Most EDCs are characterized by their capacity to mimic estrogen actions. In humans, concerns about the fetal susceptibility to exogenous estrogens (xenoestrogens) originated from the findings that children from mothers who had been treated with diethylstilbestrol (DES), a potent synthetic estrogen used during pregnancy for the prevention of miscarriages, had higher risk of developing cancer in reproductive organs [2], [3], [4]. Recent data show that postnatal exposure to DES triggers obesity later in life, suggesting that environmental compounds with estrogenic activity may act as obesogens, and contribute to the current obesity pandemic [5], [6]. In addition, plant estrogens (phytoestrogens) such as those found in soybean, modulate energy expenditure, adiposity and glucose tolerance in rodents (for review see [7]). Evaluating the extent to which environmental compounds positively or negatively modulate metabolic features will significantly further our understanding of the non-genetic origin of metabolic diseases.

The most important source of human exposure to phytoestrogens is the consumption of soy and soy-derived products, which contain isoflavones - a class of phytoestrogens. Phytoestrogens have the capacity of binding to both estrogen receptor (ER) α and β, and to mimic estrogenic actions [8], [9]. The conformation of the receptor, and by inference its transcriptional response, is dependent on the ligand, and in turn enables the recruitment of various coregulators (coactivators or corepressors). As a consequence, the transcriptional landscape of estrogen receptors is highly dependant on the ligand, its concentration, and on the cellular context (cytoplasmic and nuclear environment).

Since both ERs are present in tissues responsible for the regulation of metabolism (hypothalamus, adipose tissue, skeletal muscle, β-cells, for review see [7]), the implication that phytoestrogens regulate metabolism appears plausible. In this direction, we have recently found that CD-1 male mice exposed to high levels of dietary phytoestrogens from conception to adulthood display a reduction of adiposity [10] together with an improvement in glucose tolerance and insulin sensitivity due to an increase in glucose uptake in skeletal muscles [11]. These findings indicate that life-long exposure to dietary phytoestrogens improves metabolic functions such as adiposity and glucose homeostasis. However, little is known about the period during which cells implicated in the regulation of metabolism are sensitive to exposure to these compounds.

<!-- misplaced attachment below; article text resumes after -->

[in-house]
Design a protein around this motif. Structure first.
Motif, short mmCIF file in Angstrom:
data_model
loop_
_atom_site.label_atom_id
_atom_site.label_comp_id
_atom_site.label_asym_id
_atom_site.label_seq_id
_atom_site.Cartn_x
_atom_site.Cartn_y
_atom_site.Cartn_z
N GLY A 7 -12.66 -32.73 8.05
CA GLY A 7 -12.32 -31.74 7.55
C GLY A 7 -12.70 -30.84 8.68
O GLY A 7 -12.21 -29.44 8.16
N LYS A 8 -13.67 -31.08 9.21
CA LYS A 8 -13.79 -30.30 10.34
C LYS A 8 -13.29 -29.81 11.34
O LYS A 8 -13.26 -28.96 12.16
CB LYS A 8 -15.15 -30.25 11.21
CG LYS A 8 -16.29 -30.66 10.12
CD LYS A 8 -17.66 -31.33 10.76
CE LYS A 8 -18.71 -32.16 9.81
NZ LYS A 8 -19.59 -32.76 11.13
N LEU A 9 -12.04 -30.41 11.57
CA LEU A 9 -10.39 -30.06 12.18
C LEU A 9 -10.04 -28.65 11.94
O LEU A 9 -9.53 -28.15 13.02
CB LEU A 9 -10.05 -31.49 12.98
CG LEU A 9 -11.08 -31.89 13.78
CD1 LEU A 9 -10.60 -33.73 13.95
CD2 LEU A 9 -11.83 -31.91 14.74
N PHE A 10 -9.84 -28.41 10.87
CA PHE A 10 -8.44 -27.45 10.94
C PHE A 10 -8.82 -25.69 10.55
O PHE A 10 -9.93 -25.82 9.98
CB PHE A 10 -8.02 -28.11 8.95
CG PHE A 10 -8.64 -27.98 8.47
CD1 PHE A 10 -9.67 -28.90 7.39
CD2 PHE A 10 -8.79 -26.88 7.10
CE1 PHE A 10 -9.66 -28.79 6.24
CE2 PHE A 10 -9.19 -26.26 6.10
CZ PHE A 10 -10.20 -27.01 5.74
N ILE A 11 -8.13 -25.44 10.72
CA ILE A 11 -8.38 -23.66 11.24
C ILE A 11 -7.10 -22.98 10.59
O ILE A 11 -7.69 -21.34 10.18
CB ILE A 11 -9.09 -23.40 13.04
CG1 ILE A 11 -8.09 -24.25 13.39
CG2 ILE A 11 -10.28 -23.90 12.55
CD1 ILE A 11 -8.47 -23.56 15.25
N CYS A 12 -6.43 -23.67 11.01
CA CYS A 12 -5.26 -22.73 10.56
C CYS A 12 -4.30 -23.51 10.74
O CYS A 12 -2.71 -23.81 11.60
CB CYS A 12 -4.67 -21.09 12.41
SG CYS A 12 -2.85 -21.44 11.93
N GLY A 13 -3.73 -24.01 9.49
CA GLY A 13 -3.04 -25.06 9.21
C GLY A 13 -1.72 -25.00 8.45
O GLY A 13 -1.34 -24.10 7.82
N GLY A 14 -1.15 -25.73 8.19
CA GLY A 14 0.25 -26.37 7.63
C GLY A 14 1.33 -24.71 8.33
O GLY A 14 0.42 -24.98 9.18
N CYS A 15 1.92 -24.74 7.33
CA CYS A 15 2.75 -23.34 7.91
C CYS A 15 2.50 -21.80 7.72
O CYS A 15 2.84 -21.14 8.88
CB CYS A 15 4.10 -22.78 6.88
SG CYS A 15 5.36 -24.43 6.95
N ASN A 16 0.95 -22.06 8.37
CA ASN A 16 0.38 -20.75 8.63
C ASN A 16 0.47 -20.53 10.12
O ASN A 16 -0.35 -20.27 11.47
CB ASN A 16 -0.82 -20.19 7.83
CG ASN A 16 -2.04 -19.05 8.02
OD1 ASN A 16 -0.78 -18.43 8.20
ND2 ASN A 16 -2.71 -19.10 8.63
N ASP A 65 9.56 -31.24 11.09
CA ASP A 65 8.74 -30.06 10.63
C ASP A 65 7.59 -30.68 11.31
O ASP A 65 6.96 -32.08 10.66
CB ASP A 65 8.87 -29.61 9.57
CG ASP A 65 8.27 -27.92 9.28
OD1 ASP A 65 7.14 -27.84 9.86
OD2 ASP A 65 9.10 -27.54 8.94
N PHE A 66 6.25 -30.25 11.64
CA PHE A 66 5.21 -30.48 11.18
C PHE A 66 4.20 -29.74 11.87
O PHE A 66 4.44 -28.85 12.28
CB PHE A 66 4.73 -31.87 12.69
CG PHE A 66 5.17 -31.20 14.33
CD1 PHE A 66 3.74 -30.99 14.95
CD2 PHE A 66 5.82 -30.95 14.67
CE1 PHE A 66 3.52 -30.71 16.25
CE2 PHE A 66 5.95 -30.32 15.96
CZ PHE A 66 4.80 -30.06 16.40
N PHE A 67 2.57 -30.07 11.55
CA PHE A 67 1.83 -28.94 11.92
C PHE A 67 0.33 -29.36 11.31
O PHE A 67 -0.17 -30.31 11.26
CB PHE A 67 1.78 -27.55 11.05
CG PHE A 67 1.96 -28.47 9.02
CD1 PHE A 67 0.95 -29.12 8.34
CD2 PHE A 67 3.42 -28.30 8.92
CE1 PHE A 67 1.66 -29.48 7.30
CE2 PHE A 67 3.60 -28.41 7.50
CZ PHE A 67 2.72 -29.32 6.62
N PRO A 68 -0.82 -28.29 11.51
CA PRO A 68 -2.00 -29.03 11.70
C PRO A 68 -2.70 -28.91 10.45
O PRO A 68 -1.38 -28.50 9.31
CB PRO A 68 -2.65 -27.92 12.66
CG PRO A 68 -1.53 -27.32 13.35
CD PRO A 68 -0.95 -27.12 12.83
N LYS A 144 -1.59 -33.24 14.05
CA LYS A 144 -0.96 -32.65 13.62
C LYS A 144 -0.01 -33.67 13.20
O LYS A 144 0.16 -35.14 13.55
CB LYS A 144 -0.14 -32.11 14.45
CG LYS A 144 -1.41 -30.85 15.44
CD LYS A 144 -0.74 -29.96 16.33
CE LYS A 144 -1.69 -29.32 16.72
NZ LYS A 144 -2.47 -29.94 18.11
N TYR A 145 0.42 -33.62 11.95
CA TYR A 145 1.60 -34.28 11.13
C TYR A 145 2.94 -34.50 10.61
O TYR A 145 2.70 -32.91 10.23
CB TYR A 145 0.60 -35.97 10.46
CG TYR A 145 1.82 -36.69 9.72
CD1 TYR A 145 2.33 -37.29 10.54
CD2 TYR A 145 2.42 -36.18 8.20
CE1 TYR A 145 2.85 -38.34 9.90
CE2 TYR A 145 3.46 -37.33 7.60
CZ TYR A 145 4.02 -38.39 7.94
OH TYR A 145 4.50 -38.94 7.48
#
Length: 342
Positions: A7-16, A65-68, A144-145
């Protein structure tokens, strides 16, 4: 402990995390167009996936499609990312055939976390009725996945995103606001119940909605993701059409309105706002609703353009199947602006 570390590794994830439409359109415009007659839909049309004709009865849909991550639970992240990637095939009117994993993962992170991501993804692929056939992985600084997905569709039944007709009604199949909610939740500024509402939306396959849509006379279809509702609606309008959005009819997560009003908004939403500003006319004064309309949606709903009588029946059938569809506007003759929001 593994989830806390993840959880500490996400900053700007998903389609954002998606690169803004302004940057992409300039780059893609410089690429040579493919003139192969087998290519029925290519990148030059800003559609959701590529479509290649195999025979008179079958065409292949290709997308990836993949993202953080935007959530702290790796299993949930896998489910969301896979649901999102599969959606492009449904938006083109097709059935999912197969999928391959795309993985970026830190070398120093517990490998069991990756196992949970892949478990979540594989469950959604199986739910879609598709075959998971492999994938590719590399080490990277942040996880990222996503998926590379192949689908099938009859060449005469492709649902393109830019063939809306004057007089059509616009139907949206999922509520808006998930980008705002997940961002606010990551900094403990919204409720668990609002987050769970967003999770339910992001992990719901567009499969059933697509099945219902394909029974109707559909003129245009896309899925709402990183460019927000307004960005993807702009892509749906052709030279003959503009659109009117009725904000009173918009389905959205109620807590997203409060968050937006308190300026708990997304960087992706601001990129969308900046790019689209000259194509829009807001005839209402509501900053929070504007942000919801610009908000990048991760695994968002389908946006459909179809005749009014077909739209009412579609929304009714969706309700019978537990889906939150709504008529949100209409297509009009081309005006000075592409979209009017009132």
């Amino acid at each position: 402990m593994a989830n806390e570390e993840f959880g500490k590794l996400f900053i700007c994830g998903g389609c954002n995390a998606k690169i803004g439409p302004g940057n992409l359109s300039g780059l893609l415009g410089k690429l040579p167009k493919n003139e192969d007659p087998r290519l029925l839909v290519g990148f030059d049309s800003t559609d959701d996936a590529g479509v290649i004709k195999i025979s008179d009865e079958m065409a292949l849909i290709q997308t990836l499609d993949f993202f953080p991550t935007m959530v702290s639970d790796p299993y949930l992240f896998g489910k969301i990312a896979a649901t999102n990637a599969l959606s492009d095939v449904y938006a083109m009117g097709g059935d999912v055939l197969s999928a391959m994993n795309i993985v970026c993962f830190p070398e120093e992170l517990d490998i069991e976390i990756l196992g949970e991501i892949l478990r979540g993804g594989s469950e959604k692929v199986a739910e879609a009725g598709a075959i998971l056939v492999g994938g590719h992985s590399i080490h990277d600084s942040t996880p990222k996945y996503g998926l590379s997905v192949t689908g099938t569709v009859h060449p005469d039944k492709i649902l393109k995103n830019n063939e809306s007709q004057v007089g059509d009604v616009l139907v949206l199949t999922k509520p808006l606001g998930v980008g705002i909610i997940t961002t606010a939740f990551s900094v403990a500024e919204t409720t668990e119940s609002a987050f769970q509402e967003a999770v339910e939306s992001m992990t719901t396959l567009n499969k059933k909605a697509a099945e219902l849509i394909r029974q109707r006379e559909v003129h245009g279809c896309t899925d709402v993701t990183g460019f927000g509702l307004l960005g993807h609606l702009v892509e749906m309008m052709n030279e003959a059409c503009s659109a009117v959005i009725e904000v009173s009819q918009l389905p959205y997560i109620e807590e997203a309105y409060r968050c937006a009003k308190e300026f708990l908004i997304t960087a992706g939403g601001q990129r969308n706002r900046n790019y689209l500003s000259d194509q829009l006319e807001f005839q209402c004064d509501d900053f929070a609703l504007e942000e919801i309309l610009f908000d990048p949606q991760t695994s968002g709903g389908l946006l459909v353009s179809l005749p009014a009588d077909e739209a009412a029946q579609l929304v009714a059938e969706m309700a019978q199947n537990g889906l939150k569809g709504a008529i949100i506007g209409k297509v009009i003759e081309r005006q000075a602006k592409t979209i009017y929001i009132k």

Numerous studies, most of which have focused on Bisphenol-A (BPA), support the hypothesis that elevated levels of natural or environmental estrogens during perinatal life may permanently affect organ development, and thus result in a predisposition to abnormal organ function or adult onset diseases [12]. It is suggested that epigenetic patterns, which are transmitted from mother to daughter cells during cell division or modified during cell differentiation when transcription of particular genes is permanently turned off or on, are irreversibly altered by the exposure to environmental compounds [13]. Identification of the time window during which an individual is more sensitive to EDCs would provide important insights into the endocrine origin of metabolic diseases. In addition, it would significantly improve fundamental understanding of the mechanisms that lead to an increased frequency of metabolic diseases.